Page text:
Gmail messages read by human third parties

Pauline Obrien
July 4, 2018

Letting employees read user emails has become "common practice" for companies that collect this type of data, says Thede Loder, the former chief technology officer at eDataSource Inc., a rival to Return Path.

For those who might be concerned about this discovery, you can go to your Google Account's main page, head to the Sign-in & Security section and select "Apps with account access".

Google, however, has denied privacy violations, stating data is provided to vetted third-party developers only and with the users' explicit consent.

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Last year, Google had assured that it would stop scanning the inboxes of Gmail users for information that helps it offer personalised advertisements, announcements, shopping and travel deals etc.

In Google's case, outside developers must pass a vetting process, and as part of that process, Google makes sure that they have an acceptable privacy agreement.

The biggest takeaway, however, is that access is not restricted to computers accessing the data but that human employees may and do read emails as well.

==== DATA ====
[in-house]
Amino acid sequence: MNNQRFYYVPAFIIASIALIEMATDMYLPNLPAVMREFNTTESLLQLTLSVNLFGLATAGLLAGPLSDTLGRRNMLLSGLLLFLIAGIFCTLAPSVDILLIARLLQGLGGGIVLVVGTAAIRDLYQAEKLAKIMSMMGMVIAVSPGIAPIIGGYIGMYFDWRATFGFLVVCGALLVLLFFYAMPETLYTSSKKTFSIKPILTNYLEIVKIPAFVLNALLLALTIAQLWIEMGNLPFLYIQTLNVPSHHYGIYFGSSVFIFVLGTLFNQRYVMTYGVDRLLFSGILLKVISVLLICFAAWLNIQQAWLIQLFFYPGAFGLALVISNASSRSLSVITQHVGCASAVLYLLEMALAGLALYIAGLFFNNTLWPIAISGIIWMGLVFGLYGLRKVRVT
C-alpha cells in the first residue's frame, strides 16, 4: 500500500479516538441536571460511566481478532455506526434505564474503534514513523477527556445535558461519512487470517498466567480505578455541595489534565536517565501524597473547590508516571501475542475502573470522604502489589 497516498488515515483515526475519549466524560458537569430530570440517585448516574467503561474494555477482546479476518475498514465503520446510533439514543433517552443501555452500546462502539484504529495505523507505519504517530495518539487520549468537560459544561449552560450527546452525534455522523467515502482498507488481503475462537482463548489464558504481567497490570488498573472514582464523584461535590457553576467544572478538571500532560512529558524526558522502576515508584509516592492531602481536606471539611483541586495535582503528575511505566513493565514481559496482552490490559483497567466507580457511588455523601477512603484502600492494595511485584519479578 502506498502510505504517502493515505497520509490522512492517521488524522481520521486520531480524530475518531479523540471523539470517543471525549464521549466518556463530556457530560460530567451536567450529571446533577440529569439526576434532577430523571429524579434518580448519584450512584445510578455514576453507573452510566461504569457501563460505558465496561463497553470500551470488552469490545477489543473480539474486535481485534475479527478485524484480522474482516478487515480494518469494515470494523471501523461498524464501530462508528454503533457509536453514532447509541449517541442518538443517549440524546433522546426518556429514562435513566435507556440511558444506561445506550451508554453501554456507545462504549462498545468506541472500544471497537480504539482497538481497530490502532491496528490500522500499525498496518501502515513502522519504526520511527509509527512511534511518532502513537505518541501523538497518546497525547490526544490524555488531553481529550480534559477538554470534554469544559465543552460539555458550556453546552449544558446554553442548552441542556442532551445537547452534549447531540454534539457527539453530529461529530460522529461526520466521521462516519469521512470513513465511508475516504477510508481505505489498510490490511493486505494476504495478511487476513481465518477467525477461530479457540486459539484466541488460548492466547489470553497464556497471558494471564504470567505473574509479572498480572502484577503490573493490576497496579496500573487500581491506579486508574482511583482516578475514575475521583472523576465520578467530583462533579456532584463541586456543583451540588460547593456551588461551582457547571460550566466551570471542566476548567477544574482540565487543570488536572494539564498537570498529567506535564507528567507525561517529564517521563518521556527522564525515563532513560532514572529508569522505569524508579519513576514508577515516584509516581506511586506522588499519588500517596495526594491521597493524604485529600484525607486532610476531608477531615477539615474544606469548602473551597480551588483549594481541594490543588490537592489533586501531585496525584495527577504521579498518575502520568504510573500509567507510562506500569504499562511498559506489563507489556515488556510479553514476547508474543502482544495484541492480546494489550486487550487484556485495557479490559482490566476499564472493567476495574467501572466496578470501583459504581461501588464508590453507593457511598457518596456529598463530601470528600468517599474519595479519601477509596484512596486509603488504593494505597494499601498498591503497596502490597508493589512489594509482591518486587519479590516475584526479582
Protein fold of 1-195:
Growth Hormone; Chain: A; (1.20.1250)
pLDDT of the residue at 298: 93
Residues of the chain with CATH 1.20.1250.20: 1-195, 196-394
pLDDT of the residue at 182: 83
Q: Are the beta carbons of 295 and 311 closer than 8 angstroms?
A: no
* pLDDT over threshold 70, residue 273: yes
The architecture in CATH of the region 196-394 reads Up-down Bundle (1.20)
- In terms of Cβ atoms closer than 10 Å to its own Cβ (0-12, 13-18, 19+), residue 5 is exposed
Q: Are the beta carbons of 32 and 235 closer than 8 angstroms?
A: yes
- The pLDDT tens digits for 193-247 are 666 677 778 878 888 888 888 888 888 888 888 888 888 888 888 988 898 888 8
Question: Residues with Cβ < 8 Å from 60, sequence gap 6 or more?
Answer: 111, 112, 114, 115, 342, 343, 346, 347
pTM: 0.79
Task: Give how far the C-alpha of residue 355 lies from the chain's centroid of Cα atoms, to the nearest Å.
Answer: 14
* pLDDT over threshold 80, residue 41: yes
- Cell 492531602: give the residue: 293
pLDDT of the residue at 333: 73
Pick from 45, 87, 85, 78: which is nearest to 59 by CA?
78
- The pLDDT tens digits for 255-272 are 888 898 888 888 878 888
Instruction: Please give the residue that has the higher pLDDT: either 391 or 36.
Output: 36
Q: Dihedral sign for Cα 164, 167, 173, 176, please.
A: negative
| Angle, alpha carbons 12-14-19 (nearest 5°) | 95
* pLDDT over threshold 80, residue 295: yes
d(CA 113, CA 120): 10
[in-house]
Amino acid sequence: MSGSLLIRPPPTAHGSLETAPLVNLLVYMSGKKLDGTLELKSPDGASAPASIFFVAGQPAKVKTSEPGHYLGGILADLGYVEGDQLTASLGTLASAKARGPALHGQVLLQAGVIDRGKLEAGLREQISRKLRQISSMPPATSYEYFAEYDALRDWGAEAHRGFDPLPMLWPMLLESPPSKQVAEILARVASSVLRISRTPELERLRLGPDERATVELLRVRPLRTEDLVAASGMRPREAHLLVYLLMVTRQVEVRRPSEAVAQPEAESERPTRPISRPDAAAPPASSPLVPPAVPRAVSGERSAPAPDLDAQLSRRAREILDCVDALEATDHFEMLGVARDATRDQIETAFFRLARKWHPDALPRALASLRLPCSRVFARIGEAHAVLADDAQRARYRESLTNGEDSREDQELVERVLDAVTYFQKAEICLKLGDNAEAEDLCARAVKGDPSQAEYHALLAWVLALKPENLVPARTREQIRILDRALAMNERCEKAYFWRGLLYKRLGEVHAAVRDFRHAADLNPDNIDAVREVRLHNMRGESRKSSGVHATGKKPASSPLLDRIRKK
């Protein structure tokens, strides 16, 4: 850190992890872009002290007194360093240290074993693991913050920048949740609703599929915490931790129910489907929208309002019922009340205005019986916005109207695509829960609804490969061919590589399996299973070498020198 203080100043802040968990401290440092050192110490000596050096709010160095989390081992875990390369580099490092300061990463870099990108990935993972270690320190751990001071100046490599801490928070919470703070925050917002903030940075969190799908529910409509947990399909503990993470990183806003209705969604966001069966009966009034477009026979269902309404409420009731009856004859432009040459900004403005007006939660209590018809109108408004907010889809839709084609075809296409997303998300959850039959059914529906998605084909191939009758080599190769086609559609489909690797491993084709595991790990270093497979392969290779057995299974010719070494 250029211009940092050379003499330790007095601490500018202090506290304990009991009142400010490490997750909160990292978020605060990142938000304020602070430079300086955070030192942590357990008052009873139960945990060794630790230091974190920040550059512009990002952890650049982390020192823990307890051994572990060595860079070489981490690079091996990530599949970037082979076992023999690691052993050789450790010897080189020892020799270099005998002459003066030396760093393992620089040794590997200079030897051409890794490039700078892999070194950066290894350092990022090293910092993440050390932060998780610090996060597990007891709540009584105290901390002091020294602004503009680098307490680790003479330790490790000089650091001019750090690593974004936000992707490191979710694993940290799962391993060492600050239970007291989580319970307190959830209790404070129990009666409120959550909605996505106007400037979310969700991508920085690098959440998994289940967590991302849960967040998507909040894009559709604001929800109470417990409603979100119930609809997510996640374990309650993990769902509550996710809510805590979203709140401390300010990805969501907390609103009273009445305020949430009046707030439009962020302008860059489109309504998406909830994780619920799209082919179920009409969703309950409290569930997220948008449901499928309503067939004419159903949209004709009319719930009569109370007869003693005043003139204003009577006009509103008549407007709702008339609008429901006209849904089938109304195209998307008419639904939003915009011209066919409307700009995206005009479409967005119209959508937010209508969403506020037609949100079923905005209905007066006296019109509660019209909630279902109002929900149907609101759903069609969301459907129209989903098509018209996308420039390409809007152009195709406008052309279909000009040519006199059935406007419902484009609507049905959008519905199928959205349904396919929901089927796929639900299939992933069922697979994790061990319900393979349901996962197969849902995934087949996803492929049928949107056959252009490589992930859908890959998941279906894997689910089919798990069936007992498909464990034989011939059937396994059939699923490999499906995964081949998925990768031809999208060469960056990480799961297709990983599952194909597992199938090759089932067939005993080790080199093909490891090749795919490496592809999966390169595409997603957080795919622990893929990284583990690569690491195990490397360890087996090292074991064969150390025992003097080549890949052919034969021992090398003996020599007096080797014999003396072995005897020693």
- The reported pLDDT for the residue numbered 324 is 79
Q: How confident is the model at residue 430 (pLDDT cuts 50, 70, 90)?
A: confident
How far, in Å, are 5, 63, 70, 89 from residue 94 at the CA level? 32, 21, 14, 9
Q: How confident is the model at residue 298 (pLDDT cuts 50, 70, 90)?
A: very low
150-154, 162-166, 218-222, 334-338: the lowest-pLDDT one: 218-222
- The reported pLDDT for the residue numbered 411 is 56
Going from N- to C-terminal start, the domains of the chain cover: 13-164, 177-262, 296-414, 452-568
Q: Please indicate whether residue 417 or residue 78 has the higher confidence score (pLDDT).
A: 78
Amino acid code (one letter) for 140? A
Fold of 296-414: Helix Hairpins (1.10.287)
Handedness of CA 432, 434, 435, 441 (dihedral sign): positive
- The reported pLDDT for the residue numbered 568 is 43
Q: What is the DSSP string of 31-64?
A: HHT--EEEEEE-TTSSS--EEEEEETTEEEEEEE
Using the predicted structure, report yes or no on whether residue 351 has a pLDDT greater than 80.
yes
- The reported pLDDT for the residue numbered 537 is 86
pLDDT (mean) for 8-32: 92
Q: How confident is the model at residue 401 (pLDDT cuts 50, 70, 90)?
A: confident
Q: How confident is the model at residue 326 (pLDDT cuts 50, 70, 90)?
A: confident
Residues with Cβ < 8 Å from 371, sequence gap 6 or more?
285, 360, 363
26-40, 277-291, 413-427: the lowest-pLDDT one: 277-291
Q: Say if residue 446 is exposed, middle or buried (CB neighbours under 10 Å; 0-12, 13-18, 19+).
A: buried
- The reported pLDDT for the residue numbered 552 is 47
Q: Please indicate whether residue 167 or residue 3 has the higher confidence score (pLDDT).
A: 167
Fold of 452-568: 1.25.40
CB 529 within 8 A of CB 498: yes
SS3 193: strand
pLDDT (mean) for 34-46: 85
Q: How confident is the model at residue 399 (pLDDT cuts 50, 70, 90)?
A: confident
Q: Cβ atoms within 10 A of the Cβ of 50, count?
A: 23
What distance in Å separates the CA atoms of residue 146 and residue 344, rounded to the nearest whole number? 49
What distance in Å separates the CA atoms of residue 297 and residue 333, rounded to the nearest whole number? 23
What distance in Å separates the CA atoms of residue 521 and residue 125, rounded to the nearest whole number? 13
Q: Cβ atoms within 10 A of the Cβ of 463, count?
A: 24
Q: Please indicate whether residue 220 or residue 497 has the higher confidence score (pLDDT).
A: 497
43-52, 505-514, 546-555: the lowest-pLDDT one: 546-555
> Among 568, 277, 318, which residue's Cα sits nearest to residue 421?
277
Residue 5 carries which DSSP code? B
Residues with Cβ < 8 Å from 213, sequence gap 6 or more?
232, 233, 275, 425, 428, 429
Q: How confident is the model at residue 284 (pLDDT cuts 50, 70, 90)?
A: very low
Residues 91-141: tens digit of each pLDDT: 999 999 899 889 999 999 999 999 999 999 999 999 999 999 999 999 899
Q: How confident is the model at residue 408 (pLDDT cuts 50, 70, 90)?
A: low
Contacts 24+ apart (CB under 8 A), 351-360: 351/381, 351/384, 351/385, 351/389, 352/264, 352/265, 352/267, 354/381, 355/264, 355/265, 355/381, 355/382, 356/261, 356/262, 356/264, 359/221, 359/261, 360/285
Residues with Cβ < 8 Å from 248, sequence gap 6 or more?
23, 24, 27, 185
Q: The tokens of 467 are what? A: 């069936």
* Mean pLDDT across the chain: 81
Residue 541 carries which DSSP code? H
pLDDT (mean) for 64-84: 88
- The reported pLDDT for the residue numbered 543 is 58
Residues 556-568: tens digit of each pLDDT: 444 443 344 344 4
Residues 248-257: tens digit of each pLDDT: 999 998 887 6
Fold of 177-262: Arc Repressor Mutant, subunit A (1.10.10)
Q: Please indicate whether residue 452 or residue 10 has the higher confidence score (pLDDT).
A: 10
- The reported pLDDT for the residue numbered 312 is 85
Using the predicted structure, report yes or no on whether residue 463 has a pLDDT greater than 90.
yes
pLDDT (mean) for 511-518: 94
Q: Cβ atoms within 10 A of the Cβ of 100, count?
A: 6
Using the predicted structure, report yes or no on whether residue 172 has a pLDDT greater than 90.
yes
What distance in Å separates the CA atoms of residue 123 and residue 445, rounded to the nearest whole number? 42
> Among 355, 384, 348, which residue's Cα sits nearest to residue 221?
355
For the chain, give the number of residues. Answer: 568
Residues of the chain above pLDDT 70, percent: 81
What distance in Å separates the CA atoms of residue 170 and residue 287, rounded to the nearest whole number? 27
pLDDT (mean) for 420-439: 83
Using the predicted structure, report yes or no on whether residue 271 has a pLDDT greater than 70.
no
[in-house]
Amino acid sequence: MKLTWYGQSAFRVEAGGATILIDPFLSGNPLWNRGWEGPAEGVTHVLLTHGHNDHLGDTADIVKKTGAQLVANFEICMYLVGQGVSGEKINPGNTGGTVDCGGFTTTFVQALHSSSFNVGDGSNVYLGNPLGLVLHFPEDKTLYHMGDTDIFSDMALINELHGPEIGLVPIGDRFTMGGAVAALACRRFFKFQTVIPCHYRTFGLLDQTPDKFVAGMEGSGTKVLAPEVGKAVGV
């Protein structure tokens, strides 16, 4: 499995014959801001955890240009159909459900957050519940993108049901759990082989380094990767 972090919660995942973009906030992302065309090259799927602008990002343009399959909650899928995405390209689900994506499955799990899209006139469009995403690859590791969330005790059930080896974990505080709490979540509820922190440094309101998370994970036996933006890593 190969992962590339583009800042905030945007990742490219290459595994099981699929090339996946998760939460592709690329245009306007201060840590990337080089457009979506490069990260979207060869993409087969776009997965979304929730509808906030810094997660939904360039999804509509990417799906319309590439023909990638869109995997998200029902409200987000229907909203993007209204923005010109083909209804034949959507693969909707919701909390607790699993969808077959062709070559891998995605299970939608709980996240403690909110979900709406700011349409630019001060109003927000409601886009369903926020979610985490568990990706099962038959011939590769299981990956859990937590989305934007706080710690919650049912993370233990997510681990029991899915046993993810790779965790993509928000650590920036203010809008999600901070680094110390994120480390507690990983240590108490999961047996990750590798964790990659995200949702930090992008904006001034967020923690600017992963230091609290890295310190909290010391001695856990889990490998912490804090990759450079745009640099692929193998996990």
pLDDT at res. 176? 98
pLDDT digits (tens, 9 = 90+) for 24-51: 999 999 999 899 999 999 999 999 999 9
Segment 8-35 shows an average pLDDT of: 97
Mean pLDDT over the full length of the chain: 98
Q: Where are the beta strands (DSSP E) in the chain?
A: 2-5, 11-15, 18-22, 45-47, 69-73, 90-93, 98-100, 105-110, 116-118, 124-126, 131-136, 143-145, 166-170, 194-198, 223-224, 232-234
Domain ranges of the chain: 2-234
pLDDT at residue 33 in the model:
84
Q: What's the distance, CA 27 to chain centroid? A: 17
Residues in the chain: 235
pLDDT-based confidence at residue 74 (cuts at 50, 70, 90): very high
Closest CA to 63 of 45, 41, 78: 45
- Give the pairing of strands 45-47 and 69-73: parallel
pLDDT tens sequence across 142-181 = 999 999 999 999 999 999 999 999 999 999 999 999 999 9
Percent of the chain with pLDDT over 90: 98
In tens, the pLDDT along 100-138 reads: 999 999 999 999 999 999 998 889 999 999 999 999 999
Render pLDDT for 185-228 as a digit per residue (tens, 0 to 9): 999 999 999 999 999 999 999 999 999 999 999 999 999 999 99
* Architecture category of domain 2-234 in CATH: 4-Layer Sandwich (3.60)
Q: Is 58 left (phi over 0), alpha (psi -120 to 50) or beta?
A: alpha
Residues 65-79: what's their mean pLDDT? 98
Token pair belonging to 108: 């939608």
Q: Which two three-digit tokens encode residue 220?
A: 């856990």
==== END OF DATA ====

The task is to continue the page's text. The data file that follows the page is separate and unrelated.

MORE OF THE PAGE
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While these kind of apps do ask for user consent, numerous forms don't make it explicitly clear that a human will be reading through your emails, not just a machine. Then, working on machines that prevented them from downloading information to other devices, they read the personal email messages of hundreds of users-with user information already redacted-along with the system's suggested replies, manually indicating whether each made sense.

The revelation could not have come at a worse time as, following the Cambridge Analytica scandal, software companies are taking extra steps to protect data privacy of its users. Although most of the work is still done by computers, in one case, a company called "Return Path" allowed some 8,000 emails to be read, unaltered, by its employees.

You may need to research each individual program or service to make an educated decision.

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However it isn't as nefarious as you might think as these scans were conducted using apps that users would have had to give permission to. Google also defends the practice by saying it gets permission from users before allowing third-party applications to connect to an account.

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